If you’re confident that it’s NOT the bow, the rosin, the strings, or your technique, have it adjusted. Based on your description, it sounds as though the sound post could use adjustment or replacement.
It may just be something you are noticing that you hadn't before, as the player will hear a lot of things that the audience won't. I hear a little bit of hiss at certain bow pressures high up on the e string. Depending on how unpleasant you find it, you may want to record yourself and get a sense of whether this is something that is only apparent to you, the player, or whether an audience will hear it. If you don't hear it on the recording, then that is a good indication that there isn't a problem with your equipment. I would check that out before going down a setup rabbit hole.
I have a hunch that Michael and I are thinking of the same basic sound. The hissing noise only occurs when you play (!duh!) so it's an unproductive noise sound that's coming from the contact of the bow with the string (sorry for being "master of the obvious"). Whether the bow or the string is at fault I cannot say. The reason I said "bow noise" is because I've heard it discussed the most in the context of shopping for bows, and I've heard that term before. That seems to be where people start to notice it, but again that's just a lot of conjecture that I can't really defend or even rationalize. Michael is a luthier, so maybe he notices it more in the context of changing strings, since that's maybe something he would be doing a lot. Or maybe "string hiss" is something different. Michael will know better than I. All I can do is guess.
Good advice all, and I do live entirely alone so for now, I won't be able to get another's take on it. It isn't THAT bad, fortunately.
Overtones, Whistling, and Hiss;-- are three separate things. Overtones are of course the string vibrating at a half, third, fourth, etc, length, producing frequencies that are double, triple,etc. Overtones are good, we do not hear them separately, but hear them as part of the tone spectrum, the timbre, that makes a violin sound different from an oboe or clarinet. Whistling or squeaking can happen to any one when the base of the first finger accidently touches the open E, or the bow passes lightly on a down-bow slur from an A-string note to the open E. It is a longitudinal spinning, torsional vibration of the string, instead of the normal sideways vibration. It also has something to do with the construction of the E string. The Warchal Amber E is successful at suppressing it by putting a twist in the E string (in the opposite direction of the spin?). Hiss is unavoidable. It is the disorganized very high frequency "white noise" of the rosin rubbing on the string. Unresponsive cheap instruments or high tension steel strings will have more of it than high quality violins. It is not a big problem. Straight gut strings will hiss more; it's part of their charm. It bothers the player because our left ear is only a few inches away from it. The audience will just hear a clean attack. In a recording studio you get rid of it by moving the microphone farther out. Use a plug in the left ear. It cuts down on the hiss and preserves your hearing.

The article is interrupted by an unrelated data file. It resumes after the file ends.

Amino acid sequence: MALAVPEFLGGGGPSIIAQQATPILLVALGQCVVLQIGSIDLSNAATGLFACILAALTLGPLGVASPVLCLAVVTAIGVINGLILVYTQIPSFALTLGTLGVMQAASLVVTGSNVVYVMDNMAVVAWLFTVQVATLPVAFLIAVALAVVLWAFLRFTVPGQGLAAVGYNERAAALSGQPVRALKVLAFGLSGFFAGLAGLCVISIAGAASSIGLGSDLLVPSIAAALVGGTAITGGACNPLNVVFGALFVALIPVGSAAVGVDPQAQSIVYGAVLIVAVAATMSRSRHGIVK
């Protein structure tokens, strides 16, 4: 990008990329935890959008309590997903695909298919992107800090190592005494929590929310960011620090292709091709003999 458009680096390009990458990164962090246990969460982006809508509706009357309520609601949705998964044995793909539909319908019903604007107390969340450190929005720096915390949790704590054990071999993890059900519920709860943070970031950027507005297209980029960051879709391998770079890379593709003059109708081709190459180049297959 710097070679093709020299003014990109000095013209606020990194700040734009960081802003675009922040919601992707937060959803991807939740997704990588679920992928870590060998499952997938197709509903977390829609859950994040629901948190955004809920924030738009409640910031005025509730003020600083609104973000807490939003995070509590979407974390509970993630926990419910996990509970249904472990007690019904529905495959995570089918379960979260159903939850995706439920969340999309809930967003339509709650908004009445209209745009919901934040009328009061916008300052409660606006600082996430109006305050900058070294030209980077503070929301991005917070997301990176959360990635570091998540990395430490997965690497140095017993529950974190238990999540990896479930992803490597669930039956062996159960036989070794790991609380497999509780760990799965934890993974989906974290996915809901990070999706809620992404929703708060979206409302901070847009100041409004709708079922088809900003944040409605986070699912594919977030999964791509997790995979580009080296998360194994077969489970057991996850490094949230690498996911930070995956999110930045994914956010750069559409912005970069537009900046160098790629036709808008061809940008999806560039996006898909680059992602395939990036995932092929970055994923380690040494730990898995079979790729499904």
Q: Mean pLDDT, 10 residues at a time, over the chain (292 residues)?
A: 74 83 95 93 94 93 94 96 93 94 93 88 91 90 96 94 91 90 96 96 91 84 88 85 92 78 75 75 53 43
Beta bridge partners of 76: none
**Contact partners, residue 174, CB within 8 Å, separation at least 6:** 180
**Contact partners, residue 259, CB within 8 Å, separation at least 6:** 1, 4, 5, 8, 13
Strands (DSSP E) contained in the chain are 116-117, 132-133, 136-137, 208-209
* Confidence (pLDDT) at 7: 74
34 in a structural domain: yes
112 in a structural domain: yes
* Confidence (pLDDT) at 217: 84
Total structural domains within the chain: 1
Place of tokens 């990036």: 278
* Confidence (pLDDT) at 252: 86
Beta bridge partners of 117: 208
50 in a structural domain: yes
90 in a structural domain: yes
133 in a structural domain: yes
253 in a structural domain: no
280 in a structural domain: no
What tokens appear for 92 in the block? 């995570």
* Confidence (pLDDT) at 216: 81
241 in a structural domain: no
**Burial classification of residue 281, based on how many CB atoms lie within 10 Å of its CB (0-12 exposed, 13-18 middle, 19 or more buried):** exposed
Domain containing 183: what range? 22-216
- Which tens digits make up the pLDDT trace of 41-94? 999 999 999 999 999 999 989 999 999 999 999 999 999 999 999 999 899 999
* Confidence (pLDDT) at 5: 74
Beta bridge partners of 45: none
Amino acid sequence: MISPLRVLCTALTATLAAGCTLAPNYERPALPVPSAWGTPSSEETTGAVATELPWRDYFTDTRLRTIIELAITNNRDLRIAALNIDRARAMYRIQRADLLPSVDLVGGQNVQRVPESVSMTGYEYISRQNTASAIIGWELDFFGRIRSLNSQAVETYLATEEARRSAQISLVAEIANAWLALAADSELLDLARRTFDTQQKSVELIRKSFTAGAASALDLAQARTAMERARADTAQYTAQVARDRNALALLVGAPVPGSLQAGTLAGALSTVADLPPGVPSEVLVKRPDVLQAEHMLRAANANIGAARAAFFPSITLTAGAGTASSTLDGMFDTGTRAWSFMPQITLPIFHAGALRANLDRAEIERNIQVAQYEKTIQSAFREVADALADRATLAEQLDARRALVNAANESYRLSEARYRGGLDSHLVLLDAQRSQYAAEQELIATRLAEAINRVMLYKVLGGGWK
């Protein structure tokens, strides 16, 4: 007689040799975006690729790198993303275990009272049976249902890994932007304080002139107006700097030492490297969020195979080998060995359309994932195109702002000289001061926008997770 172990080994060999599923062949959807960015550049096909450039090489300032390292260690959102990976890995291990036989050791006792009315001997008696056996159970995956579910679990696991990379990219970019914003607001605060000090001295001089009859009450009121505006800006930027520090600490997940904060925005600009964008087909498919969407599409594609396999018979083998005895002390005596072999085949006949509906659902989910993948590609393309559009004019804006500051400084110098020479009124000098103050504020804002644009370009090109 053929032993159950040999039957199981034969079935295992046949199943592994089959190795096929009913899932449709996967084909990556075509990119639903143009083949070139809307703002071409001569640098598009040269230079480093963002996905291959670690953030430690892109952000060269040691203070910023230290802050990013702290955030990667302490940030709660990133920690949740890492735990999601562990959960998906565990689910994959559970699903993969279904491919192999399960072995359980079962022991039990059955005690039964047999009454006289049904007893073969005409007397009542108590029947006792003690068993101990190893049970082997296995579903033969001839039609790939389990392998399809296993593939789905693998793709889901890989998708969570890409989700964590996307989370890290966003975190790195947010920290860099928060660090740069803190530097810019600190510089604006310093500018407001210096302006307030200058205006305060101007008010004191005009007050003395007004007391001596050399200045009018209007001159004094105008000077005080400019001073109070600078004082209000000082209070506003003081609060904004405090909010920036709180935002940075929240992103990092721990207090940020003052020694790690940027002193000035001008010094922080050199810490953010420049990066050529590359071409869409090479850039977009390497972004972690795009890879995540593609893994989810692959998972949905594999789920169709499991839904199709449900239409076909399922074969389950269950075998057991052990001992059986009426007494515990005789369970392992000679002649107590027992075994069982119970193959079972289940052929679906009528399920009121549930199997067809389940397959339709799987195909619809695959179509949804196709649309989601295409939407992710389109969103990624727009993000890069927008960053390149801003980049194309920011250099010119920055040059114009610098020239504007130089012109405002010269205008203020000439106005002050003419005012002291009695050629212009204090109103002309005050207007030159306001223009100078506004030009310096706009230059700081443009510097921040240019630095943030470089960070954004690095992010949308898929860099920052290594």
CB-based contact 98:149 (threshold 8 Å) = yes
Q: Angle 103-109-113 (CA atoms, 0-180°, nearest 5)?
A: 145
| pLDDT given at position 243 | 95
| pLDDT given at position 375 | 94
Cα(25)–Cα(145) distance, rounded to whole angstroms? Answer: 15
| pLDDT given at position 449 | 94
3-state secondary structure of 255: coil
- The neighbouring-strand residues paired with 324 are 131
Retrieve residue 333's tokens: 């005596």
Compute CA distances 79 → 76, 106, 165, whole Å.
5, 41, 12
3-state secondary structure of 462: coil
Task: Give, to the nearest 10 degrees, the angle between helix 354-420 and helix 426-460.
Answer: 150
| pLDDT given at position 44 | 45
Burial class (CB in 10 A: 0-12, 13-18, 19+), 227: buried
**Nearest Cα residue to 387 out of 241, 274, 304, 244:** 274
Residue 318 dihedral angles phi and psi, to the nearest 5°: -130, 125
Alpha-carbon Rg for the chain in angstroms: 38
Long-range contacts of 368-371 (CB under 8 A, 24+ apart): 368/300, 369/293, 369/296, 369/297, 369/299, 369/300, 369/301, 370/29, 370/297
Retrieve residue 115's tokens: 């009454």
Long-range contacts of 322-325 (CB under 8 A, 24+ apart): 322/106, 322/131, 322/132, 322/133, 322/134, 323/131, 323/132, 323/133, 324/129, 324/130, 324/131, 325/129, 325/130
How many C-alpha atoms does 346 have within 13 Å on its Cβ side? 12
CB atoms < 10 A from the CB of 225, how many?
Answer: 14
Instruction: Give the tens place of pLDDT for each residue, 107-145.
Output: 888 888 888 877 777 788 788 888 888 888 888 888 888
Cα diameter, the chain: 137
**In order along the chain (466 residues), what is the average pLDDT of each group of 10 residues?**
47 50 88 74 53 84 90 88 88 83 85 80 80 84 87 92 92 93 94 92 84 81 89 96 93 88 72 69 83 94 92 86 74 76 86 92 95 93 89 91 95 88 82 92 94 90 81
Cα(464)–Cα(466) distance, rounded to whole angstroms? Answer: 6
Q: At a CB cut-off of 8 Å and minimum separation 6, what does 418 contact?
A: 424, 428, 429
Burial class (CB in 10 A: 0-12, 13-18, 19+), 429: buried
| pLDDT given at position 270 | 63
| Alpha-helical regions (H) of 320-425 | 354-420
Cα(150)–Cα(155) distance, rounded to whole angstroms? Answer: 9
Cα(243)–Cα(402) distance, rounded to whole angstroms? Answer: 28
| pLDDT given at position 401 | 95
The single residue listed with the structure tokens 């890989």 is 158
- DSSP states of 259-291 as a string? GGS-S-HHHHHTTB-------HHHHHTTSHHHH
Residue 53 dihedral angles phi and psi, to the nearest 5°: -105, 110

Joel - thank you for breaking down the difference between the three. That is the clearest description of the differences that I've yet read.
There is a big difference in tension between Dominants and Vision Solos. Dominants are on the lower end of the tension spectrum, whereas Vision Solo is one of the highest-tension string sets on the market.
Very interesting in the tension difference between Dominants and Vision Solos. The Solos sound so much better on my violin that it seems quite probable that the hiss is the same with the VS but it irritates me less because the overall tone is better. I am 99% certain that I'm the only person hearing the hiss and I can separate the hiss from the notes played - if that makes sense.
This discussion has been archived and is no longer accepting responses.